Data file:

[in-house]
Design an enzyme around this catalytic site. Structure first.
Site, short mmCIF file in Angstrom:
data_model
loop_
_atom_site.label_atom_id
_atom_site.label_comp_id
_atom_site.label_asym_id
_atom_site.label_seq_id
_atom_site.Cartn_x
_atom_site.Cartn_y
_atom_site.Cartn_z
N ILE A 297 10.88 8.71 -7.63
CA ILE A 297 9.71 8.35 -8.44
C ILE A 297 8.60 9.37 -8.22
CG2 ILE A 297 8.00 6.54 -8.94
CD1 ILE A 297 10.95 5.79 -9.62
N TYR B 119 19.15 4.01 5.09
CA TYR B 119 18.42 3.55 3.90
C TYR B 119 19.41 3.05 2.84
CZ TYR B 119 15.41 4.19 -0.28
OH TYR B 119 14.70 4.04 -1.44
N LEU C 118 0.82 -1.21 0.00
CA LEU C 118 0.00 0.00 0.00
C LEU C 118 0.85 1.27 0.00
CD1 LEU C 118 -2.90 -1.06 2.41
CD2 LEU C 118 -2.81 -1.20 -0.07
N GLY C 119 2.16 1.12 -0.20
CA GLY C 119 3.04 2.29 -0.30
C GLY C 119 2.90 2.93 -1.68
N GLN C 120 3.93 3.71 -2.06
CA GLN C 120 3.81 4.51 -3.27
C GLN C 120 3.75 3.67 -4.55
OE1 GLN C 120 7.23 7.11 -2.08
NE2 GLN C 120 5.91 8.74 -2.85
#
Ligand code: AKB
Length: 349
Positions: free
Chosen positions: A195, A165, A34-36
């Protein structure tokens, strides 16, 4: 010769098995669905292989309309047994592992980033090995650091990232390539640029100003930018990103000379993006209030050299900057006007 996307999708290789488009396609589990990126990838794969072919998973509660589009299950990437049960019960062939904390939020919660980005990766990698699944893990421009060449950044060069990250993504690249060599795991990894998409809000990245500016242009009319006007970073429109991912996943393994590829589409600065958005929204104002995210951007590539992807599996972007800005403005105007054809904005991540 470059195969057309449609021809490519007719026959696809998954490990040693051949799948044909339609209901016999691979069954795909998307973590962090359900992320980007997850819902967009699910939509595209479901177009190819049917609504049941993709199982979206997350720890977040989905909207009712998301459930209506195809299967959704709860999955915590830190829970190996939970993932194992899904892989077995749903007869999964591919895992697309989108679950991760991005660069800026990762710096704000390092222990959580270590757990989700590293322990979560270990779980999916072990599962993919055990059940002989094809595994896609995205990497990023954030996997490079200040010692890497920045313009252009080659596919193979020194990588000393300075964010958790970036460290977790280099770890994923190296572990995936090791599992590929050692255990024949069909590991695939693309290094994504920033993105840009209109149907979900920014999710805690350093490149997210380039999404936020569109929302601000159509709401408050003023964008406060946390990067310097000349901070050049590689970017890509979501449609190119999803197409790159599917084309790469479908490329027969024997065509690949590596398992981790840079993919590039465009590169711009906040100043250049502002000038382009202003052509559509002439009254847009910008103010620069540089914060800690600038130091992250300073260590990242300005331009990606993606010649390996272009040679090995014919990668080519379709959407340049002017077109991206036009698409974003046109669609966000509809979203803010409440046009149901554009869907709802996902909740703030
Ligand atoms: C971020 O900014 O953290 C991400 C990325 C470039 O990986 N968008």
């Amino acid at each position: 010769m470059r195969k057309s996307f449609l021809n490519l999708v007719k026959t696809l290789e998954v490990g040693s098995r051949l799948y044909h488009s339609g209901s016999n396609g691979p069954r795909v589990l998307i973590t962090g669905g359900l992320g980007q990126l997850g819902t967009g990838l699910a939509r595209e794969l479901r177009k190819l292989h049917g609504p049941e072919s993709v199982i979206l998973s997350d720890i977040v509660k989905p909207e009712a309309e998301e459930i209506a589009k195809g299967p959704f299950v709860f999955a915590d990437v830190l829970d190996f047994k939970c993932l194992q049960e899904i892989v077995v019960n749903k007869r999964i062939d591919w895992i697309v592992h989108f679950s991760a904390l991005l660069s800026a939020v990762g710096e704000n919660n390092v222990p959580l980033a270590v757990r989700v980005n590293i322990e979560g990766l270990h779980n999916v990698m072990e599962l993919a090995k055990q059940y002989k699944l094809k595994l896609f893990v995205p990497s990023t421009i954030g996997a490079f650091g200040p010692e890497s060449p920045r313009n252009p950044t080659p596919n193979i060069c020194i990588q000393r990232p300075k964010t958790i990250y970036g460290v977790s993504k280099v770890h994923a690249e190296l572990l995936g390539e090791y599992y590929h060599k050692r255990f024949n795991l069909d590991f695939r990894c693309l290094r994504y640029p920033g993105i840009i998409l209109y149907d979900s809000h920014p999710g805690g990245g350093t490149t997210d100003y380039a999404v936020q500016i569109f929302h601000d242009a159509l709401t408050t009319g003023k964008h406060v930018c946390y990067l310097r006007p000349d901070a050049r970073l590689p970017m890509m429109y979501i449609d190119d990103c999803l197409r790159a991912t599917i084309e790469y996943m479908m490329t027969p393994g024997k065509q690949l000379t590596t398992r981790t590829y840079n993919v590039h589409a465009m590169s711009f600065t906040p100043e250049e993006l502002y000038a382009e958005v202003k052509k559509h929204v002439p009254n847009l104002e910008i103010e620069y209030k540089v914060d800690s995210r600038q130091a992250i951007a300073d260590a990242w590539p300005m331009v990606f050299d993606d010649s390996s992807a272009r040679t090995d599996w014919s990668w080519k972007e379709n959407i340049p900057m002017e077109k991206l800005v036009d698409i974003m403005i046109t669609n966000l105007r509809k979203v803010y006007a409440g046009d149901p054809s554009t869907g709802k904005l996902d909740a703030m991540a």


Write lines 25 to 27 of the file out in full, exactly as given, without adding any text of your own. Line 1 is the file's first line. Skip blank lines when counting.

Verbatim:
C LEU C 118 0.85 1.27 0.00
CD1 LEU C 118 -2.90 -1.06 2.41
CD2 LEU C 118 -2.81 -1.20 -0.07